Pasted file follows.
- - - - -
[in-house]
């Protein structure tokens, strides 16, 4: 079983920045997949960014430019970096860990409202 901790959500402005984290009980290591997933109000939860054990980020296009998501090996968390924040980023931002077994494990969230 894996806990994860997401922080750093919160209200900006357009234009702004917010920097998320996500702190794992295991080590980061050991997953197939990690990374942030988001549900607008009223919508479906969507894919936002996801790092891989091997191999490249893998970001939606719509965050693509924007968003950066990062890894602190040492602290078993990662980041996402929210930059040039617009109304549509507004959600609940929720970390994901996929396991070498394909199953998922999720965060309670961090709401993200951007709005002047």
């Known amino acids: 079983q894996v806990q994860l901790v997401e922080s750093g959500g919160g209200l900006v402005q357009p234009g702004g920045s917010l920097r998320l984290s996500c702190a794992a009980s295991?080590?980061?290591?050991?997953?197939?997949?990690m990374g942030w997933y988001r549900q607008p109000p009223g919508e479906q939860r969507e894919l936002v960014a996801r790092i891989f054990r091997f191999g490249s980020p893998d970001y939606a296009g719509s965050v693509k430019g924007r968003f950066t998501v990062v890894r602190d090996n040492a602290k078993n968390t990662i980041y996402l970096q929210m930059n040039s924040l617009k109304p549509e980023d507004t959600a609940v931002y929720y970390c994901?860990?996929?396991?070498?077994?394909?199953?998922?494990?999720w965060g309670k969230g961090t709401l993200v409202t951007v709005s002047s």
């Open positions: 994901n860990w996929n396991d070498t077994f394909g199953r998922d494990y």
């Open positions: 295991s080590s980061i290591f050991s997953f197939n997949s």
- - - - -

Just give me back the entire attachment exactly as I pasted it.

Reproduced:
[in-house]
């Protein structure tokens, strides 16, 4: 079983920045997949960014430019970096860990409202 901790959500402005984290009980290591997933109000939860054990980020296009998501090996968390924040980023931002077994494990969230 894996806990994860997401922080750093919160209200900006357009234009702004917010920097998320996500702190794992295991080590980061050991997953197939990690990374942030988001549900607008009223919508479906969507894919936002996801790092891989091997191999490249893998970001939606719509965050693509924007968003950066990062890894602190040492602290078993990662980041996402929210930059040039617009109304549509507004959600609940929720970390994901996929396991070498394909199953998922999720965060309670961090709401993200951007709005002047």
């Known amino acids: 079983q894996v806990q994860l901790v997401e922080s750093g959500g919160g209200l900006v402005q357009p234009g702004g920045s917010l920097r998320l984290s996500c702190a794992a009980s295991?080590?980061?290591?050991?997953?197939?997949?990690m990374g942030w997933y988001r549900q607008p109000p009223g919508e479906q939860r969507e894919l936002v960014a996801r790092i891989f054990r091997f191999g490249s980020p893998d970001y939606a296009g719509s965050v693509k430019g924007r968003f950066t998501v990062v890894r602190d090996n040492a602290k078993n968390t990662i980041y996402l970096q929210m930059n040039s924040l617009k109304p549509e980023d507004t959600a609940v931002y929720y970390c994901?860990?996929?396991?070498?077994?394909?199953?998922?494990?999720w965060g309670k969230g961090t709401l993200v409202t951007v709005s002047s």
């Open positions: 994901n860990w996929n396991d070498t077994f394909g199953r998922d494990y």
């Open positions: 295991s080590s980061i290591f050991s997953f197939n997949s």